ECJ: Use Of Well-Known Trademarks As Adwords

Author:Prof. Tobias Cohen Jehoram and Henriëtte Van Helden
Profession:De Brauw Blackstone Westbroek N.V.

Last Thursday, the European Court of Justice handed down its long-awaited decision in Interflora v Marks & Spencer1. This case deals with the use of trademarks in keyword advertising on the internet, specifically the use of well-known trademarks as AdWords.

The facts

Interflora offers a famous worldwide flower delivery service under the Interflora trademarks. Marks & Spencer is one of the largest retailers in the UK and also has a flower delivery service. Just before Valentine's day Marks & Spencer bought the word "Interflora" – and some variations, such as Interflora Flowers, Interflora Delivery and – as a keyword for Google's AdWord service. As a result, an advertisement of Marks & Spencer would appear on the top of the paid-for search results in Google whenever one entered the query "Interflora". Interflora started proceedings against Marks & Spencer claiming that the use of its well-known (Community) trademarks as an AdWord constitutes trademark infringement.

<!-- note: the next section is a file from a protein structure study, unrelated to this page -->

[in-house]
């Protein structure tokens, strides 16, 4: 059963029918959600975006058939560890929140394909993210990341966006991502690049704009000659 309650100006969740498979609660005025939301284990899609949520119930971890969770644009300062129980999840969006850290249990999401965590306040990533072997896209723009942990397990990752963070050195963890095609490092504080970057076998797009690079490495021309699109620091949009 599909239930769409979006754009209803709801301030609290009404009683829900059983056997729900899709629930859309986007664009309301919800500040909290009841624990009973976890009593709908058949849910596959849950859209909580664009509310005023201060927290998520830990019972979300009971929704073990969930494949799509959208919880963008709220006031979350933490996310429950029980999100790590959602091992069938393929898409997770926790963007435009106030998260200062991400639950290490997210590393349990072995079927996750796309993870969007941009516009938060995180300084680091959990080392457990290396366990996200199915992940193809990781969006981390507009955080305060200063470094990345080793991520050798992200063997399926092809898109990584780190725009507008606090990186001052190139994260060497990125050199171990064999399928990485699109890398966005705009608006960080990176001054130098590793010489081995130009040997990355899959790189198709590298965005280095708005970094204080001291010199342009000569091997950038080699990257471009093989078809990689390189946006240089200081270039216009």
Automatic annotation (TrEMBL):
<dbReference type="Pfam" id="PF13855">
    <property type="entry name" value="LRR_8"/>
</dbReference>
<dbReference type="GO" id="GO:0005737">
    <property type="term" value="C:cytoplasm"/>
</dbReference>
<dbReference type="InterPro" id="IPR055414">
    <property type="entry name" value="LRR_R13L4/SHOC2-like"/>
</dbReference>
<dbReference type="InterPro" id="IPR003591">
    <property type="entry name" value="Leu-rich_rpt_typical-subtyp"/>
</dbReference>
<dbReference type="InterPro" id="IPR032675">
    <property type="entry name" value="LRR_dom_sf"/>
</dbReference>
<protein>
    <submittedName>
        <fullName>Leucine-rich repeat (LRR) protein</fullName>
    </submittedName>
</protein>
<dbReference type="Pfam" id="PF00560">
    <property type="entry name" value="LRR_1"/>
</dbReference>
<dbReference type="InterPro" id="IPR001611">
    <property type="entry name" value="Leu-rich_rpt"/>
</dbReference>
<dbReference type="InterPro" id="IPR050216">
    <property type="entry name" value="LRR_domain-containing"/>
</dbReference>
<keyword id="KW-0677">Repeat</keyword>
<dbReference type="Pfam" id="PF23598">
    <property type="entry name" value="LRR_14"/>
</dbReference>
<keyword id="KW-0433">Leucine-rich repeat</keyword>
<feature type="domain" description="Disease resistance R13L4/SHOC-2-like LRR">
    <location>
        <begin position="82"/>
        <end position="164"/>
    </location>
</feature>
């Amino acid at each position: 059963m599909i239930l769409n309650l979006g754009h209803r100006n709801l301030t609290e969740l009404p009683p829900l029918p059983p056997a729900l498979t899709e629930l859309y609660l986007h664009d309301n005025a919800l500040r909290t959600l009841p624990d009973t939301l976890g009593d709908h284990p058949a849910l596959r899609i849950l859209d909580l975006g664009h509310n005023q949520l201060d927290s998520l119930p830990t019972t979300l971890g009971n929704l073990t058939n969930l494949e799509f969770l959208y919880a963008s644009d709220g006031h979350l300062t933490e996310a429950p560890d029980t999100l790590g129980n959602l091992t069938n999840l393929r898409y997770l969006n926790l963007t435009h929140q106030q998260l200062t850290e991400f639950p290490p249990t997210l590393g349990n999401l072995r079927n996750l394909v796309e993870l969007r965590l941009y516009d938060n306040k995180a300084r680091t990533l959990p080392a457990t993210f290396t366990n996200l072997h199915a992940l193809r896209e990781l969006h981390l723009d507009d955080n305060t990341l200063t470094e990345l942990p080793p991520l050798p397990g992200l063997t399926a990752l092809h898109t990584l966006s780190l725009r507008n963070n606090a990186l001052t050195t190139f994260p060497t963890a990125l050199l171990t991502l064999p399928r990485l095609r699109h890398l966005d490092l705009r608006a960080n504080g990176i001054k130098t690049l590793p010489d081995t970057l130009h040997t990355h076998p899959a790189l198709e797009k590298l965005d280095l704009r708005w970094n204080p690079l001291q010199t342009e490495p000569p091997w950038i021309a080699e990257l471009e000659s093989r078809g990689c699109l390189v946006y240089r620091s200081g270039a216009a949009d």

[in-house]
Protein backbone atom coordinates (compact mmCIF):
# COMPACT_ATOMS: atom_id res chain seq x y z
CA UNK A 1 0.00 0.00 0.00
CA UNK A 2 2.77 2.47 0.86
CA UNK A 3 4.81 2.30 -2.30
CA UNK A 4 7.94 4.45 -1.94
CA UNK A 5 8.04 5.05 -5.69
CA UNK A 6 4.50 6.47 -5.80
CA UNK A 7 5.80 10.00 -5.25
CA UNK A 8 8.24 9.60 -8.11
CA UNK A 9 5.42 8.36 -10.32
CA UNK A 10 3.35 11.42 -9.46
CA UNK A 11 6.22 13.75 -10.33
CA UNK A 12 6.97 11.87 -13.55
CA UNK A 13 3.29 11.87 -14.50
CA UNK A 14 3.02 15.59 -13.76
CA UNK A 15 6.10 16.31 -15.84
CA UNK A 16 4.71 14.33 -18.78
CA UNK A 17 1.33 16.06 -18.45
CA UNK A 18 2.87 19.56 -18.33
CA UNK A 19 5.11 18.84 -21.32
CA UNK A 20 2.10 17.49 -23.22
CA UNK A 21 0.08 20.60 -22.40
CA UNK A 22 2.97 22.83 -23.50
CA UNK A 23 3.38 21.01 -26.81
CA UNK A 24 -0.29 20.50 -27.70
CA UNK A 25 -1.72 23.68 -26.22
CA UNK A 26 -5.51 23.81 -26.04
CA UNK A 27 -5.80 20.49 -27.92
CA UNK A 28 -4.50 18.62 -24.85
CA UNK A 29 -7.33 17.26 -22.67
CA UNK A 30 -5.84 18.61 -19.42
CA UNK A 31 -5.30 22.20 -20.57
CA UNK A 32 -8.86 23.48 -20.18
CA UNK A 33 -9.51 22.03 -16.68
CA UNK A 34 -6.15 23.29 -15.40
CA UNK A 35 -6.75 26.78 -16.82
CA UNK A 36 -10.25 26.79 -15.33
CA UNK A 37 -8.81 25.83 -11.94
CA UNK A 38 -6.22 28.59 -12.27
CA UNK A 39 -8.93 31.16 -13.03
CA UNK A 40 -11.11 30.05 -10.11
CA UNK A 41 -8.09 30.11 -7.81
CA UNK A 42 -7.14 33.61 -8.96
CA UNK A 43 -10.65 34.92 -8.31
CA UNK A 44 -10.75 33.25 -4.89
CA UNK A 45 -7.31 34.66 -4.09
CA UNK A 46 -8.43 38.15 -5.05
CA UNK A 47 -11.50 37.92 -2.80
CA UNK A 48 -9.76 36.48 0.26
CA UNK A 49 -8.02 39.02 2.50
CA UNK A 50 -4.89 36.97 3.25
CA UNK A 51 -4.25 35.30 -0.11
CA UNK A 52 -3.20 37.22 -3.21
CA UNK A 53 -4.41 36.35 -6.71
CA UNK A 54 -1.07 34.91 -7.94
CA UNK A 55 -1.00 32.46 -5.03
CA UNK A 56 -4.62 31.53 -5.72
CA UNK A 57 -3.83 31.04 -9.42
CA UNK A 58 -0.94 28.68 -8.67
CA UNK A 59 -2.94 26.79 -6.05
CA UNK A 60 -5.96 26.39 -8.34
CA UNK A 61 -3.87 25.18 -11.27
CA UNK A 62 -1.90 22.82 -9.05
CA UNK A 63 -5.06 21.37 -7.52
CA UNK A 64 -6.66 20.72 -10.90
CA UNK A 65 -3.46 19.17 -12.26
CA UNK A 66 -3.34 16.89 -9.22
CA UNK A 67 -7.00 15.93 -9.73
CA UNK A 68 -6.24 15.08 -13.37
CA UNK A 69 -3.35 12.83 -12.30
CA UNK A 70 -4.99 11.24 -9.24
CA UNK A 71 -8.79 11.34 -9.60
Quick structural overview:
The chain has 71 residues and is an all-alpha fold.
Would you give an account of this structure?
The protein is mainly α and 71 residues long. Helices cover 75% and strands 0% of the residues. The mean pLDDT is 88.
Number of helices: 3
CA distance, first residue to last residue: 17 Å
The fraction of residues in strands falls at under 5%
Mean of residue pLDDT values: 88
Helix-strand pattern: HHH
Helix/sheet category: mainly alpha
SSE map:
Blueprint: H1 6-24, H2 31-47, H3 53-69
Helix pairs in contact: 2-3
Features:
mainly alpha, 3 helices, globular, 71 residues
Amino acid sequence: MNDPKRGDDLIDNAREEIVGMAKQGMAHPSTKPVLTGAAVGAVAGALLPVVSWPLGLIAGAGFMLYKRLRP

The High Court of Justice (England & Wales) referred the case to the Court of the European Union ("ECJ") for a preliminary ruling about the unpermitted use of the trademark of a competitor as a keyword in an internet referencing service.

The decision

In its decision, the ECJ first of all recalls that the use by a third party of a sign identical to the trademark for identical goods or services for which the trademark is registered ("double identity"), can only be prevented if that use will have an adverse effect on one of the "functions" of the trademark. This rule also applies if a competitor selects and uses a keyword that is identical to the trademark for advertising identical goods or services.

The essential function of a trademark is to guarantee to consumers the origin of the goods or services covered by the trademark. Other functions include the "advertising" and "investment" functions. The ECJ stresses the fact that the trademark's function of indicating origin is not the only function that is eligible for protection, but all functions of the trademark are protected (for trademarks with and without a reputation).

The ECJ in its decision refers to the Google France matter 2 and repeats that the trademark's origin function is not by definition adversely affected if one's trademark is used as an AdWord. This is only the case when a reasonably well-informed consumer is not able to verify (with certainty) whether the advertisement shown as a result of the keyword...

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